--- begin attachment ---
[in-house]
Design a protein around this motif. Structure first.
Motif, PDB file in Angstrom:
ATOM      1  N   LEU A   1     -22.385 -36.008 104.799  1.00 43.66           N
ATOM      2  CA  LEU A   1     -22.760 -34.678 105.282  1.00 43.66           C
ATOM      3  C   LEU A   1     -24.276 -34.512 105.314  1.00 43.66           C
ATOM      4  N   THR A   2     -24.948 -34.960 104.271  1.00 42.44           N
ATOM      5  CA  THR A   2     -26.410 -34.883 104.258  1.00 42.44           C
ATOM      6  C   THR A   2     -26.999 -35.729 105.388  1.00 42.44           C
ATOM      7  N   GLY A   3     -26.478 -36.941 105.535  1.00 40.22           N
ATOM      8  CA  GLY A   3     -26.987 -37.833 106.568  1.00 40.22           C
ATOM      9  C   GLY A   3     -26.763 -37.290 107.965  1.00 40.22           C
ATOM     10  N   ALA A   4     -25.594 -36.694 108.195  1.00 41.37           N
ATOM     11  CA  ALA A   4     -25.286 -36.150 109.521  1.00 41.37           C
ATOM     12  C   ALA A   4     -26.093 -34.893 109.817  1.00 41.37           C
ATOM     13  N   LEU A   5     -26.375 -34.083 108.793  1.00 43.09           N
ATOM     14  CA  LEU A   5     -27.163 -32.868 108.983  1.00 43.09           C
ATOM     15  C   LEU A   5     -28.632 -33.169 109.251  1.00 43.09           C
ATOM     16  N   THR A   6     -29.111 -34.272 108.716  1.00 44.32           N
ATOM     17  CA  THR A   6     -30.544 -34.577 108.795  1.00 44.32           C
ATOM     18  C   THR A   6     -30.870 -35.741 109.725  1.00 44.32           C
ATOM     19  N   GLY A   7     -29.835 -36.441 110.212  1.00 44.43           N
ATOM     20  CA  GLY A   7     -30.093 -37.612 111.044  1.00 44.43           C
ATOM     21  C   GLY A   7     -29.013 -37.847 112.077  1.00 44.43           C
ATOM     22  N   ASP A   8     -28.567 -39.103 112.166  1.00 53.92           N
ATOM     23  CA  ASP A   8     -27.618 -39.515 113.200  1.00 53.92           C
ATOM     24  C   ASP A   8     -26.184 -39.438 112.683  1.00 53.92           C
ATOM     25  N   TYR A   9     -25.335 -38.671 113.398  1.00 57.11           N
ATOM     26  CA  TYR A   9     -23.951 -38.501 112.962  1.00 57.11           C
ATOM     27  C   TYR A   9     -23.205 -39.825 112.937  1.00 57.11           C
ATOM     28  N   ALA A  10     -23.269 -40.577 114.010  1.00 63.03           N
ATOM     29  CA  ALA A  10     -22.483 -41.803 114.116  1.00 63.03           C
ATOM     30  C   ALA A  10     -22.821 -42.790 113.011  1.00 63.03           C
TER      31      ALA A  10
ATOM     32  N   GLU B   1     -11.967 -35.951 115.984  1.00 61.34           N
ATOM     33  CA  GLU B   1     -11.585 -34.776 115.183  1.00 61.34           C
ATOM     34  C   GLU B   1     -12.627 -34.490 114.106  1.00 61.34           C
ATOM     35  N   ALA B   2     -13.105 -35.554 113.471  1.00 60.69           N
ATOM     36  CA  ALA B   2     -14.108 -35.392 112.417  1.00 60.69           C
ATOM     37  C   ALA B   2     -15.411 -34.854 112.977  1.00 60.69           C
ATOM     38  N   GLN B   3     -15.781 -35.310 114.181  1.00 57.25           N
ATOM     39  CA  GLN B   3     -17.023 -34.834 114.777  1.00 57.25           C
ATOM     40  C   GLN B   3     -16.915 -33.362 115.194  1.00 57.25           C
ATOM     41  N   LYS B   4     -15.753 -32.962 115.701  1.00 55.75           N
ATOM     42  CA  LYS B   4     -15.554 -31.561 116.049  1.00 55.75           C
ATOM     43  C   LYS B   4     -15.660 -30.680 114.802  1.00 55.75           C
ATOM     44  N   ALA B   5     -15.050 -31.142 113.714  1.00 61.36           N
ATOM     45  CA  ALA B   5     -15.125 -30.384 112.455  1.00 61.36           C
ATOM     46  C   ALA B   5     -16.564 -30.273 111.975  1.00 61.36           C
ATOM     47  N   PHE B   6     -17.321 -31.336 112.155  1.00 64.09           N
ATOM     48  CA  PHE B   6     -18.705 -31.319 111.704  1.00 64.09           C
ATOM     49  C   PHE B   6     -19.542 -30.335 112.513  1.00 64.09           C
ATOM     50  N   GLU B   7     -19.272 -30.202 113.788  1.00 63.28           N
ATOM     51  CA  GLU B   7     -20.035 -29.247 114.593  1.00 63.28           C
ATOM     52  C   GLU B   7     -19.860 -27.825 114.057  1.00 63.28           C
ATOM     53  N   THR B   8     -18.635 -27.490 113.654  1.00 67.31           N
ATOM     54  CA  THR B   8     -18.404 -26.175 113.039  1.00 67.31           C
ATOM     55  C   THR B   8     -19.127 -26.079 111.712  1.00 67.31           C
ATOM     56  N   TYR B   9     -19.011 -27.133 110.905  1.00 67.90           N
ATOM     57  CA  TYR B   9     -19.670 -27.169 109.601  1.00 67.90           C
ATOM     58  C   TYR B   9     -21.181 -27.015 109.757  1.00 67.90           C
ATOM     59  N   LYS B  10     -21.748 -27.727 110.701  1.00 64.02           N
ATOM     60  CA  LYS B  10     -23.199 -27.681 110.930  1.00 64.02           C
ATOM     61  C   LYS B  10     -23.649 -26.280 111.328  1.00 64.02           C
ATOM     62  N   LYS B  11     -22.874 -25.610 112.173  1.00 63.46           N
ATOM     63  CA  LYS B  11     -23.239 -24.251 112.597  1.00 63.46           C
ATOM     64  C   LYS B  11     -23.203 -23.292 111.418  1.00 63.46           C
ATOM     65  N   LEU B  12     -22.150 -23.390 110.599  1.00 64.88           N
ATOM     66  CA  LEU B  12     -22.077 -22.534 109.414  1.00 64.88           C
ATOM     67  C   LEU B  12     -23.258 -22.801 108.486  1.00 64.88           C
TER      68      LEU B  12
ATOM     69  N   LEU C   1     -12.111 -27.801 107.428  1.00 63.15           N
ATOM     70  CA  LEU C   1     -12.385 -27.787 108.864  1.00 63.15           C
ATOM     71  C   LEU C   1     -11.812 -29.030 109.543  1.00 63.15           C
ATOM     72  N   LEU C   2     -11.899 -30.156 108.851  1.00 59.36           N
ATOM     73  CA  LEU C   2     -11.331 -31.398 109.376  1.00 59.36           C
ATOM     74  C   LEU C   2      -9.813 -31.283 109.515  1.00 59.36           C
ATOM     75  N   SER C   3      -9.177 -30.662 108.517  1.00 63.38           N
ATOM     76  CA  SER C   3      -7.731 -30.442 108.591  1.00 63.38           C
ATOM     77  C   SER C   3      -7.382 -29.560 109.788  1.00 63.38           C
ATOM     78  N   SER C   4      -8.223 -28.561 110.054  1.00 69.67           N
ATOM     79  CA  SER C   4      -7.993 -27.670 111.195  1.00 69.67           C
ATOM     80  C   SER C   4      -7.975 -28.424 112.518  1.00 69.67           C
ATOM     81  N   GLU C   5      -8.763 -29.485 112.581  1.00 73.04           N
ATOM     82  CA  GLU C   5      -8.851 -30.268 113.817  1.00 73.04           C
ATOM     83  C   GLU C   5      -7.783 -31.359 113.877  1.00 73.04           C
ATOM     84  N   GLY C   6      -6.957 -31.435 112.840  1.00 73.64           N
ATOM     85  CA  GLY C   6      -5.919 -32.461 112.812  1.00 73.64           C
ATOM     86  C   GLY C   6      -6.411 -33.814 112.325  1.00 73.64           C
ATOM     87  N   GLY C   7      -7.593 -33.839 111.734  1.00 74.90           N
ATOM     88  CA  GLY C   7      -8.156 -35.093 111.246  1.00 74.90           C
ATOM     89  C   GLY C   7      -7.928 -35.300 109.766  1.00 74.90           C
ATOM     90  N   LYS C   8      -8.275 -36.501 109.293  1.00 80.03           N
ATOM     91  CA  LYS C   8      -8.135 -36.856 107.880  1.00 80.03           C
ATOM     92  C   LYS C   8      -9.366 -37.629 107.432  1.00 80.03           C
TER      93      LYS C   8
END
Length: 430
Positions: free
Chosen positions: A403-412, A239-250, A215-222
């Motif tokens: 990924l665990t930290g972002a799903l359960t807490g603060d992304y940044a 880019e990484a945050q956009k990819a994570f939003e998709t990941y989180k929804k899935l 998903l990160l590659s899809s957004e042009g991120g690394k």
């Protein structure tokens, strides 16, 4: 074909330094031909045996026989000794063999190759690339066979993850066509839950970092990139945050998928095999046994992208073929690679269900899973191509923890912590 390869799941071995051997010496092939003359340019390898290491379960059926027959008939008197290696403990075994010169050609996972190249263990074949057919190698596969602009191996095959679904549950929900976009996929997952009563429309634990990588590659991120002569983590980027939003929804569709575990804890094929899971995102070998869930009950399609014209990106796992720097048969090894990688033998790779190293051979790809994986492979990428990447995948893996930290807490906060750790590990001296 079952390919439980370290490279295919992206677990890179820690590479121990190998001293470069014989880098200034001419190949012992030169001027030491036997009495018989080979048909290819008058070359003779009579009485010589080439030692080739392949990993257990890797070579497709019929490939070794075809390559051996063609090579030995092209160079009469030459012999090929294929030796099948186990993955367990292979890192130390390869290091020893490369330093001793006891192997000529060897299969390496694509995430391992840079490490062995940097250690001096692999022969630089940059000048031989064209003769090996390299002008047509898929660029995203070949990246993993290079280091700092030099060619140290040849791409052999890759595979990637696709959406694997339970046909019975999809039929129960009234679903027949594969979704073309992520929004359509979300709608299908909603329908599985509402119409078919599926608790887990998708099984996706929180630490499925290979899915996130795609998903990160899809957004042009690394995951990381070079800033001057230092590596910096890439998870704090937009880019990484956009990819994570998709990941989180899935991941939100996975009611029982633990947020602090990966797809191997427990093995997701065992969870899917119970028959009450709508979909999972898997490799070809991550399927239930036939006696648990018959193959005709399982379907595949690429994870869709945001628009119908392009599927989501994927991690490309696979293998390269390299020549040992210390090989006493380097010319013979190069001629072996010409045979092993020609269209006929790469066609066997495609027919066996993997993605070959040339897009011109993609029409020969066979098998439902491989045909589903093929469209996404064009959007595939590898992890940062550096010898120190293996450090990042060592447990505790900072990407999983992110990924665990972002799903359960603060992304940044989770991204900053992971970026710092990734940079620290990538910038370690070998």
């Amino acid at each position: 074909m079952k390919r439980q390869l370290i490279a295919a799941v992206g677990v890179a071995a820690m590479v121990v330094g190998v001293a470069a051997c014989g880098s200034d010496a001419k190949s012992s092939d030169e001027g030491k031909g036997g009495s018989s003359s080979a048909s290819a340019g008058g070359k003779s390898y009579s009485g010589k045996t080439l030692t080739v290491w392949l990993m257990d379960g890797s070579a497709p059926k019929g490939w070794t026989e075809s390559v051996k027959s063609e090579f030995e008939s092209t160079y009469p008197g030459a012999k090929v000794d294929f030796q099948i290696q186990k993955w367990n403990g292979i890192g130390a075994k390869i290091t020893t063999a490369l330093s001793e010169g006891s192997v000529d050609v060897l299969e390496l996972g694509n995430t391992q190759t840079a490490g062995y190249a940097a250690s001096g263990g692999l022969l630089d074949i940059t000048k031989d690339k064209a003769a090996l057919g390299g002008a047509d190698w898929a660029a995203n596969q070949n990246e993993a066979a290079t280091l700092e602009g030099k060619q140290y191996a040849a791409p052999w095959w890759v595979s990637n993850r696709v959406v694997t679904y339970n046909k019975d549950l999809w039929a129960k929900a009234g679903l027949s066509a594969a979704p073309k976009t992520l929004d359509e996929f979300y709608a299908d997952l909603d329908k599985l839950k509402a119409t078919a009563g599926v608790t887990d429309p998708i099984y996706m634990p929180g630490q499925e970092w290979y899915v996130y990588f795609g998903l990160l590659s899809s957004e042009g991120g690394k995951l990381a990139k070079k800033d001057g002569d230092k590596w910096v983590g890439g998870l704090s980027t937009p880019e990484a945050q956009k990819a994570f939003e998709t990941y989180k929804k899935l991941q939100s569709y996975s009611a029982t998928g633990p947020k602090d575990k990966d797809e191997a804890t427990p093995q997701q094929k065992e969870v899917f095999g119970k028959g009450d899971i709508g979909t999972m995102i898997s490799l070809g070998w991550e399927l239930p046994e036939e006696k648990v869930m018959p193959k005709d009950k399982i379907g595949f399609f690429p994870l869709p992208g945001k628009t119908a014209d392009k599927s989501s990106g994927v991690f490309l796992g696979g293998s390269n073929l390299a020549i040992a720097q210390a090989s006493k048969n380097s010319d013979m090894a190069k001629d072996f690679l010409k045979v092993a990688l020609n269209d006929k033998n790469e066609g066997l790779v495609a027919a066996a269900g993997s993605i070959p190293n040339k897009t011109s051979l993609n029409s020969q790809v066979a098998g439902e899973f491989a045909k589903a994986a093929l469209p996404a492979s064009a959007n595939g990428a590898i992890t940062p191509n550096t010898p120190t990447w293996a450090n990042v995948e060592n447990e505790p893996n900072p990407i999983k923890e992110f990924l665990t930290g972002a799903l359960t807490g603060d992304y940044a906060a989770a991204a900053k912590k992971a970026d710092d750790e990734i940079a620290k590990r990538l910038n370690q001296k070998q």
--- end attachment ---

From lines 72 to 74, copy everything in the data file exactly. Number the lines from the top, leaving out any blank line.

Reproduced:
ATOM     69  N   LEU C   1     -12.111 -27.801 107.428  1.00 63.15           N
ATOM     70  CA  LEU C   1     -12.385 -27.787 108.864  1.00 63.15           C
ATOM     71  C   LEU C   1     -11.812 -29.030 109.543  1.00 63.15           C